Quirky character…Japanese culture…finding your niche……conformity…

 Continue here for my review of Convenience Store Woman

QOTD: Have you read Convenience Store Woman or is it on your TBR?

The Story of Arthur Truluv [Book Review]

October 9, 2020

The Story of Arthur Truluv by Elizabeth Berg

The Story of Arthur Truluv by Elizabeth Berg (coveer) Image: an older man and young woman stand near a bus stop, the man holds a yellow umbrella over her head

Genre/Categories: Contemporary Fiction, Uplit

*This post contains Amazon affiliate links.

Summary:

At first glance, Arthur shares certain things in common with Ove (A Man Called Ove): each is an older, mature character, each is a widower grieving the loss of a beloved wife, and each finds “family” in unexpected ways.

On one of Arthur’s routine trips to the cemetery to have lunch and conversation with his wife, he meets Maddy, a troubled teenage girl who hides in the cemetery to avoid school. She discovers that Arthur is a friendly, understanding, trustworthy, and positive person and gives dear Arthur the nickname “Truluv.” Arthur and Maddy develop a friendship and when Arthur’s nosy neighbor, Lucille, becomes involved, they discover the joys of “found family.”

My Thoughts:

Uplit: If you’re looking for an uplifting, heartfelt story of friendship, found family, second chances, unconditional love, and kindness, you’ll find it in The Story of Arthur Truluv. Amidst lockdown conditions (COVID-19), dire weather reports (hurricane season in the Gulf of Mexico), inner city violence, or political battles (2020 Election), this might be your next soulful, escapist, feel-good read!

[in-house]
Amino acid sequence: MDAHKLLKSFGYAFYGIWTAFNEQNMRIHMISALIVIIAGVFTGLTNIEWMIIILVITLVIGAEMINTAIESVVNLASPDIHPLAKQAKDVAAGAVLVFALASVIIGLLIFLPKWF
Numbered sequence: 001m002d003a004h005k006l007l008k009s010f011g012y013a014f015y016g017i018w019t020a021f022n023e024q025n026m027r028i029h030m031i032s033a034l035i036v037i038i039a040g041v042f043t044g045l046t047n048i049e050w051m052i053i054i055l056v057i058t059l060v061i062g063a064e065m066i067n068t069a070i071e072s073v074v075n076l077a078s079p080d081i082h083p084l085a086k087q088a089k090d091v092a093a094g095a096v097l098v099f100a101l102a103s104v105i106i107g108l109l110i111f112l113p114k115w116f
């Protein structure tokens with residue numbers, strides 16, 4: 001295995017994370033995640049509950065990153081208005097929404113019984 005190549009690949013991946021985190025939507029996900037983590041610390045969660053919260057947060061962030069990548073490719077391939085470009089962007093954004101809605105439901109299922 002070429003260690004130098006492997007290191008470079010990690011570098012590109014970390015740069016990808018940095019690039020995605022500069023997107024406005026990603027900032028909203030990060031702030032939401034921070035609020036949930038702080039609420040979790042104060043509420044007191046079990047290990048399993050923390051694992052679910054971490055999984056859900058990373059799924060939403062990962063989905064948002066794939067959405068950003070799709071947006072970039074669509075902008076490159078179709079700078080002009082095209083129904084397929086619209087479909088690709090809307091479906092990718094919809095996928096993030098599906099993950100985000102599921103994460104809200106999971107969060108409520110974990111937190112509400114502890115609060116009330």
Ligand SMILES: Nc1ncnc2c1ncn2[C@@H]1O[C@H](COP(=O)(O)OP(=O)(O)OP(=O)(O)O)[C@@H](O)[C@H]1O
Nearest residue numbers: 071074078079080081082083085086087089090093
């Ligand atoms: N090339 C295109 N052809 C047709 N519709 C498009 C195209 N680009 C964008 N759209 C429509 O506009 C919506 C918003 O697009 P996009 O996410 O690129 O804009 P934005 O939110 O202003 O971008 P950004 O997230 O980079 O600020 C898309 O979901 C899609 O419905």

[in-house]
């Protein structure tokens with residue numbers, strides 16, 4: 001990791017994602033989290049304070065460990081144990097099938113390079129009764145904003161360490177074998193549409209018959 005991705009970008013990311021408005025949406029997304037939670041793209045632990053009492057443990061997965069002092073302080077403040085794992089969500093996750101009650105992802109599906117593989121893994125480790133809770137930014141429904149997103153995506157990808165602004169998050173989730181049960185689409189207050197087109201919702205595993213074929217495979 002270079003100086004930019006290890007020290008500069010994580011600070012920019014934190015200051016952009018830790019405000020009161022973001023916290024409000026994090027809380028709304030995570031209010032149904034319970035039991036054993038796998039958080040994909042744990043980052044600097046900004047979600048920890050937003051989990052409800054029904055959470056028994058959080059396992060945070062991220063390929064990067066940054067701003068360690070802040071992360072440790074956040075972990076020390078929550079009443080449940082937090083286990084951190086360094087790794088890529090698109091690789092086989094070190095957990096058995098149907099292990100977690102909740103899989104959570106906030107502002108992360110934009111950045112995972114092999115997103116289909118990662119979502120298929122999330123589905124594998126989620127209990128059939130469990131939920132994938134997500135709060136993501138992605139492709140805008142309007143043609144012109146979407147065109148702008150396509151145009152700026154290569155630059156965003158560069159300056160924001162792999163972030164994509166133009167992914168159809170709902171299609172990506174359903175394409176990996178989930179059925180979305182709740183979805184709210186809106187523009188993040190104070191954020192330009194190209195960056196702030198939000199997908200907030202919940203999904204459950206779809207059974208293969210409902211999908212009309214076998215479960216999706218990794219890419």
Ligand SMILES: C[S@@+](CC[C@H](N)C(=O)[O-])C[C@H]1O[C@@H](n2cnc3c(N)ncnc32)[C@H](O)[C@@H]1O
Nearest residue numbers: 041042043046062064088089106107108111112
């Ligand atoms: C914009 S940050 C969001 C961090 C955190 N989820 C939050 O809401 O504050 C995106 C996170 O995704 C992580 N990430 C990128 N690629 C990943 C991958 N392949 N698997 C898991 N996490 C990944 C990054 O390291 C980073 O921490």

Arthur: Older but less curmudgeonly than Ove, Arthur will win your heart from page one with his gentlemanly and friendly ways and compassionate heart. What a difference kindness can make in this world! How many of us would show compassion for a teenager and take them into our home? We would all be fortunate to know an Arthur.

Themes: Thoughtful and poignant themes include grief, loneliness, friendship, second chances, unconditional love, hospitality, acceptance, found family, and good people.

Recommended: The Story of Arthur Truluv is highly recommended for readers looking for light, quick-reading uplit; for fans of A Man Called Ove and The Brilliant Life of Eudora Honeysett, and for book clubs.

Content Considerations: grieving the loss of a spouse

My Rating:  4 Stars

twinkle-twinkle-little-startwinkle-twinkle-little-startwinkle-twinkle-little-startwinkle-twinkle-little-star

The Story of Authur Truluv by Elizabeth Berg (cover) Image: a man holds a yellow umbrella over a young woman

The Story of Authur Truluv Information Here

Meet the Author, Elizabeth Berg

Author Elizabeth Berg

Elizabeth Berg won the NEBA Award for fiction for her body of work, and was a finalist for the ABBY for Talk Before Steep. Her writing has appeared in numerous publications, including Ladies’ Home Journal, Redbook, and the New York Times Magazine. She has also taught a writing workshop at Radcliffe College. She lives near Boston, Massachusetts.



QOTD:

Is The Story of Arthur Truluv on your TBR or have you read it?

Do you enjoy an occasional “uplit” read



Happy Reading Book Worms!

“Ah, how good it is to be among people who are reading.”
~Rainer Maria Rilke

“I love the world of words, where life and literature connect.”
~Denise J Hughes

“Reading good books ruins you for enjoying bad ones.”
~Guernsey Literary and Potato Peel Pie Society

“I read because books are a form of transportation, of teaching, and of connection! Books take us to places we’ve never been, they teach us about our world, and they help us to understand human experience.”
~Madeleine Riley, Top Shelf Text



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Unless explicitly stated that they are free, all books that I review have been purchased by me or borrowed from the library.

Book Cover and author photos are credited to Amazon or an author’s (or publisher’s) website.

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The Brilliant Life of Eudora Honeysett [Book Review]

October 2, 2020

The Brilliant Life of Eudora Honeysett by Annie Lyons

(A.K.A: Eudora Honeysett is Quite Well, Thank You in the UK)